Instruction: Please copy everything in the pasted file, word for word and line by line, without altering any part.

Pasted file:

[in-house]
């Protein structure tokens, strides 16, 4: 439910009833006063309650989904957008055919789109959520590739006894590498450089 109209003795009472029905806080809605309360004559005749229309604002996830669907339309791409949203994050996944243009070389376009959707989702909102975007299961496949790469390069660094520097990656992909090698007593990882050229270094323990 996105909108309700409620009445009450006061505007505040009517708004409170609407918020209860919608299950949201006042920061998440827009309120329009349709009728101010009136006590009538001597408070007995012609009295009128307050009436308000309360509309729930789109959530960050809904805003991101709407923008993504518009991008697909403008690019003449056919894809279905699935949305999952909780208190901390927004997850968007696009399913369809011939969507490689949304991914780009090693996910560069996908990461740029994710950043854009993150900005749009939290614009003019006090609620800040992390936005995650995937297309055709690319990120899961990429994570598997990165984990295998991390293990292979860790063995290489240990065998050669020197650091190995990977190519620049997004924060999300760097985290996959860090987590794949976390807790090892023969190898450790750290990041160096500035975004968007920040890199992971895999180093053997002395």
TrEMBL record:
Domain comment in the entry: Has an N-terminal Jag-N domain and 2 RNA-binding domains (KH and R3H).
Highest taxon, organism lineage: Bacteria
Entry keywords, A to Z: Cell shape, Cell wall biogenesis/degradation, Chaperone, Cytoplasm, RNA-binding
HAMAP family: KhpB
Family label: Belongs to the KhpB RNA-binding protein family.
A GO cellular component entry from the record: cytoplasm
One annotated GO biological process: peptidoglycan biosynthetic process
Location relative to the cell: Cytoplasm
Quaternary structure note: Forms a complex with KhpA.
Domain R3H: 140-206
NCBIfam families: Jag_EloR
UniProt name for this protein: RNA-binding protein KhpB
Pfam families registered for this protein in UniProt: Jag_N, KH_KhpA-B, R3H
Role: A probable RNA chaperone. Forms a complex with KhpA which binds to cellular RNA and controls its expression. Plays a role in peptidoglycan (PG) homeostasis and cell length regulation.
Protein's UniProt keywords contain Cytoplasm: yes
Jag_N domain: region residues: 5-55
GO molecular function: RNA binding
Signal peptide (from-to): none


[in-house]
């Protein structure tokens, strides 16, 4: 439910009833006063309650989904957008055919789109959520590739006894590498450089 109209003795009472029905806080809605309360004559005749229309604002996830669907339309791409949203994050996944243009070389376009959707989702909102975007299961496949790469390069660094520097990656992909090698007593990882050229270094323990 996105909108309700409620009445009450006061505007505040009517708004409170609407918020209860919608299950949201006042920061998440827009309120329009349709009728101010009136006590009538001597408070007995012609009295009128307050009436308000309360509309729930789109959530960050809904805003991101709407923008993504518009991008697909403008690019003449056919894809279905699935949305999952909780208190901390927004997850968007696009399913369809011939969507490689949304991914780009090693996910560069996908990461740029994710950043854009993150900005749009939290614009003019006090609620800040992390936005995650995937297309055709690319990120899961990429994570598997990165984990295998991390293990292979860790063995290489240990065998050669020197650091190995990977190519620049997004924060999300760097985290996959860090987590794949976390807790090892023969190898450790750290990041160096500035975004968007920040890199992971895999180093053997002395």
TrEMBL record:
Domain comment in the entry: Has an N-terminal Jag-N domain and 2 RNA-binding domains (KH and R3H).
Highest taxon, organism lineage: Bacteria
Entry keywords, A to Z: Cell shape, Cell wall biogenesis/degradation, Chaperone, Cytoplasm, RNA-binding
HAMAP family: KhpB
Family label: Belongs to the KhpB RNA-binding protein family.
A GO cellular component entry from the record: cytoplasm
One annotated GO biological process: peptidoglycan biosynthetic process
Location relative to the cell: Cytoplasm
Quaternary structure note: Forms a complex with KhpA.
Domain R3H: 140-206
NCBIfam families: Jag_EloR
UniProt name for this protein: RNA-binding protein KhpB
Pfam families registered for this protein in UniProt: Jag_N, KH_KhpA-B, R3H
Role: A probable RNA chaperone. Forms a complex with KhpA which binds to cellular RNA and controls its expression. Plays a role in peptidoglycan (PG) homeostasis and cell length regulation.
Protein's UniProt keywords contain Cytoplasm: yes
Jag_N domain: region residues: 5-55
GO molecular function: RNA binding
Signal peptide (from-to): none